The section on the American Academy of Pediatrics' (AAP) recommendations may be confusing for some entries. Because Dr. Hale forms his conclusions from peer-reviewed medical journal articles and unpublished studies, as well as the recommendations of the AAP, in some cases his recommendations differ from those of the AAP For example, Cimetidine (Tagamet) is listed as "approved by the AAP for use in breastfeeding mothers." Dr. Hale writes, however, that "other choices for breastfeeding mothers should preclude the use of this drug. Short term use (days) would not be incompatible with breastfeeding." Diltiazem HCl (Cardizem) is AAP-approved for use in breastfeeding mothers, but again, Dr. Hale writes that "authors recommend against using diltiazem in breastfeeding mothers."
In other cases, the drug is not AAP-approved, yet Dr. Hale has fewer concerns. For the listing on Metronidazole Vaginal Gel, the AAP classifies this drug as a "drug whose effect on nursing infants is unknown but may be of concern." Dr. Hale adds information from a study finding "plasma levels following administration are exceedingly low" and "milk levels following intravaginal use would probably be exceedingly low." Again, Lorazepam is also listed by the AAP as a "drug whose effect on nursing infants is unknown but may be of concern." Dr. Hale adds more specificity by referring to a study in which "there were no untoward effects noted in any of the infants," and concludes that "it would appear from these studies that the amount of Lorazepam provided via milk would be clinically insignificant under most conditions."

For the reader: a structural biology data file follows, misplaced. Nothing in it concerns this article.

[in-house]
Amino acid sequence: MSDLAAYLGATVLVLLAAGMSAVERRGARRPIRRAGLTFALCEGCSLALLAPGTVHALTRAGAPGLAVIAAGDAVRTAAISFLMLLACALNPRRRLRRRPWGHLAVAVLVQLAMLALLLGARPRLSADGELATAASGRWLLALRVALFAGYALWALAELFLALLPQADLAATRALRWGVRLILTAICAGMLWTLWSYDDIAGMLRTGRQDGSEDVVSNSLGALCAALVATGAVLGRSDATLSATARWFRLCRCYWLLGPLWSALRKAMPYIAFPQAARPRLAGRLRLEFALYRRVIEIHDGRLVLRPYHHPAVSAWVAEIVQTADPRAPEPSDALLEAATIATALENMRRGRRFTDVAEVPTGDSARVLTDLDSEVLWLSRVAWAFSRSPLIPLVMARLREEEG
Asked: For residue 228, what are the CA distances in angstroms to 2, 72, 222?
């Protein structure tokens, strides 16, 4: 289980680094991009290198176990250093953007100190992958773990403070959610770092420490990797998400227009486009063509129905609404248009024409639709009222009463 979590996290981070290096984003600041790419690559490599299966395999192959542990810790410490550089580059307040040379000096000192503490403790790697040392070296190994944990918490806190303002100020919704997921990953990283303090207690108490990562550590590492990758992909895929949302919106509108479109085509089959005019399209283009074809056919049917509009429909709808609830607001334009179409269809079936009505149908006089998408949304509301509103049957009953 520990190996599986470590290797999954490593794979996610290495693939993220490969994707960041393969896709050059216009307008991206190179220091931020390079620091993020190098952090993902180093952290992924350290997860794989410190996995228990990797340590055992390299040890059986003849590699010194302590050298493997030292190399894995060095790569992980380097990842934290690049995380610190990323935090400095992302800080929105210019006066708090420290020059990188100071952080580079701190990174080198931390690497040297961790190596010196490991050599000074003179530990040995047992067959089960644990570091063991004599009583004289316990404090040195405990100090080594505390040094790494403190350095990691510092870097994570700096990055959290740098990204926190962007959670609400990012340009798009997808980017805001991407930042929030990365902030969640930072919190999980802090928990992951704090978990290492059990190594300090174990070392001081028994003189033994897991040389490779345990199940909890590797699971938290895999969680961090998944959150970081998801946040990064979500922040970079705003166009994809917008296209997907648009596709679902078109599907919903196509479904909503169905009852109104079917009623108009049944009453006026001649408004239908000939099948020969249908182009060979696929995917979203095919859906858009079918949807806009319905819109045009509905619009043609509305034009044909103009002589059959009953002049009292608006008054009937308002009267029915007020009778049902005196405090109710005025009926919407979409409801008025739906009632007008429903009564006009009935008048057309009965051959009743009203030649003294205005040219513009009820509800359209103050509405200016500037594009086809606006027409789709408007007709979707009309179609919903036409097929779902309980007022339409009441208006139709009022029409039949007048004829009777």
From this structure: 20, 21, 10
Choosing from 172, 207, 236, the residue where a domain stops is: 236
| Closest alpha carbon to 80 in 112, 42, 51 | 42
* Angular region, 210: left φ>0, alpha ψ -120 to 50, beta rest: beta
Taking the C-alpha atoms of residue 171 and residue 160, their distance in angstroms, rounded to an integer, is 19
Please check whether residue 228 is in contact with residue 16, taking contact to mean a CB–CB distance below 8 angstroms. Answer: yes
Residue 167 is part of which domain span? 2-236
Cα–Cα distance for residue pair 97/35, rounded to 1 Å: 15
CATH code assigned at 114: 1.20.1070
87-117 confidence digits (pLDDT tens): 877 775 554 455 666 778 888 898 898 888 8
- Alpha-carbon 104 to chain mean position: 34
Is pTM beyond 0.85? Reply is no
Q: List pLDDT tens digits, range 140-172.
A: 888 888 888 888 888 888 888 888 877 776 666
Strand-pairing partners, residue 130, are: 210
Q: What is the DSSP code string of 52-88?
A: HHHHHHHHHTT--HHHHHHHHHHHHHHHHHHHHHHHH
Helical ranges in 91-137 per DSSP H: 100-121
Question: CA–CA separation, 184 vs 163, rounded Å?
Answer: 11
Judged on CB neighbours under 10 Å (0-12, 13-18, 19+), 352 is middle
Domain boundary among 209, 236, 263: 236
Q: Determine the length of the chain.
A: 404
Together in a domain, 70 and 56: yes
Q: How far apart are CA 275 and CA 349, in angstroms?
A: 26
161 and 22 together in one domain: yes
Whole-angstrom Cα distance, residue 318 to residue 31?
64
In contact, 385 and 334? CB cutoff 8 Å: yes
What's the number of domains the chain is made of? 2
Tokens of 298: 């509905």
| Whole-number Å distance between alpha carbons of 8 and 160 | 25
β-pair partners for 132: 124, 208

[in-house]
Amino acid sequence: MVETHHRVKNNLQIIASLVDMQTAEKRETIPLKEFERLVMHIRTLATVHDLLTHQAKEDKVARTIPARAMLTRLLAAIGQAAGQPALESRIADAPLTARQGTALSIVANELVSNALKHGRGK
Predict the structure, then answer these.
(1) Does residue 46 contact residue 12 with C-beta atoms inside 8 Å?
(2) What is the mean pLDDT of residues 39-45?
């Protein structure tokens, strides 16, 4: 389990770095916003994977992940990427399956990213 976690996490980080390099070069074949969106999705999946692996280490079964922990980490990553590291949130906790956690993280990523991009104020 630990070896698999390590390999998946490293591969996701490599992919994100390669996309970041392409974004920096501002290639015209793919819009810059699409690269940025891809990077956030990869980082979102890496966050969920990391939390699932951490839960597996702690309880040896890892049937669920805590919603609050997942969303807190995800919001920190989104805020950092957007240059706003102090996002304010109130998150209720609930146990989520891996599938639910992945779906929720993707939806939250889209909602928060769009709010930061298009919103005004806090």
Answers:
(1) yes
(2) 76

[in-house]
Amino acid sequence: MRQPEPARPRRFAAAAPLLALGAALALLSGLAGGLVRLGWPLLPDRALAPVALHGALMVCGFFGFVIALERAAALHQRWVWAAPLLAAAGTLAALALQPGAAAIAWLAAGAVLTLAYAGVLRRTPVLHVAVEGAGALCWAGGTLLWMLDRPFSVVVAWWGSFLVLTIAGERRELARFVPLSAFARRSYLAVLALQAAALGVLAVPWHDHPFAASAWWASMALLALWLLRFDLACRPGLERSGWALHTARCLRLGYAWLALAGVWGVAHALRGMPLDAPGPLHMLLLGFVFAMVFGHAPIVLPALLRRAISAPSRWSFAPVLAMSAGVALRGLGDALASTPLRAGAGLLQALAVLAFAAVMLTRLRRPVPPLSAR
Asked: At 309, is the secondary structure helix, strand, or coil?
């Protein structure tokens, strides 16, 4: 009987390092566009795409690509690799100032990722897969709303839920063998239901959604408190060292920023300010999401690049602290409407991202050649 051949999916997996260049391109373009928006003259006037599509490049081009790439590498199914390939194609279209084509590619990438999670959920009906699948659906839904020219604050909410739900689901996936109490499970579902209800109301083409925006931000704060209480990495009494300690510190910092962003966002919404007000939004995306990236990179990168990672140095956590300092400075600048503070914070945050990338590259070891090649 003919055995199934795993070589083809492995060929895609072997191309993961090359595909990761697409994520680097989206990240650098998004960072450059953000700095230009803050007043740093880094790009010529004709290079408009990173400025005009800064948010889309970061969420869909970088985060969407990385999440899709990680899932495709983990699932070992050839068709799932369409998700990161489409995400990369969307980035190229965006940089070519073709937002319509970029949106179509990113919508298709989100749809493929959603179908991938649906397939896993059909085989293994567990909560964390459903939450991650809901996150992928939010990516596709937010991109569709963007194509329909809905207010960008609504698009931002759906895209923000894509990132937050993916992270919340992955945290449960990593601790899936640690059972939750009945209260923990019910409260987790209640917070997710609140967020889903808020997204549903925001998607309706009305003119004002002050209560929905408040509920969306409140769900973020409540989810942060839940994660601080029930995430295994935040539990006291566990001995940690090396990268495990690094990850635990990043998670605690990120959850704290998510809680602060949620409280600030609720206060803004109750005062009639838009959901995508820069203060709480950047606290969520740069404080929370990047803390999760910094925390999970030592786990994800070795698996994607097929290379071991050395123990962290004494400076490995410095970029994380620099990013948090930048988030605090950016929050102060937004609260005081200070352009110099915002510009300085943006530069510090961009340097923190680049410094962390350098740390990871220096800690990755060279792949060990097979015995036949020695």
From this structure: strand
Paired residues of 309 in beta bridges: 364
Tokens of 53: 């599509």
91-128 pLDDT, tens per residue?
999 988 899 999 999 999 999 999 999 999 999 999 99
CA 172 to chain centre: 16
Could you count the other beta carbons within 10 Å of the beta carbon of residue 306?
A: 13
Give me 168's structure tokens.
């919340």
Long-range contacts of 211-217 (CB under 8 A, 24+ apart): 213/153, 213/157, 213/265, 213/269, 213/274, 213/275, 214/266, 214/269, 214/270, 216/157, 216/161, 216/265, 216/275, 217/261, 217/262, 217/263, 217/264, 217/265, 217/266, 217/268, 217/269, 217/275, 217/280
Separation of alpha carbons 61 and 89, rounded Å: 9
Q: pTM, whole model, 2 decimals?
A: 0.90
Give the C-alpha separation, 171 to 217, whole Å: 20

These differences in findings make it especially important for the Leader to read all information verbatim and allow the mother, in consultation with her health care professional, to draw her own conclusion.
Similarly, many entries have suggestions for alternate medication options. This is of concern because, as LLL Leaders, we are not to suggest or recommend the use of any medication. Were a Leader to read this, it could be construed as a recommendation that another medication be prescribed. LLL Leaders should take care when using this book to give the mother the exact citation of the book so the recommendation is clearly that of Hale and not the Leader.
The two new categories for this edition are Lactation Risk Category and theoretic infant dose. The Lactation Risk Category was created by Dr. Hale to assist in evaluation of medications during breastfeeding. It is similar to the more familiar Food and Drug Administration Pregnancy Risk Category and includes five categories: Ll-Safest, L2-Safer, L3-Moderately Safe, L4-Hazardous, and L5-Contraindicated. Dr. Hale provides a more detailed description of these categories in the book's introduction. Again, it is important to remember that this category is Dr. Hale's opinion and is not supported by any independent organization.
The theoretic infant dose is an estimate of the maximum possible dose an infant would receive via mother's milk. Dr. Hale calculated this number using information provided in published literature about the medications. This number is only provided for a very few entries in this edition and is intended to be used in conjunction with other data for a particular medication, not as the only determinant of a medication's appropriateness.
This is a useful and valuable reference. As with all non-LLL sources, however, LLL Leaders should use the information in Medications and Mothers' Milk, 9th edition, judiciously and wisely, taking into consideration LLL recommendations regarding questions about medications while breastfeeding.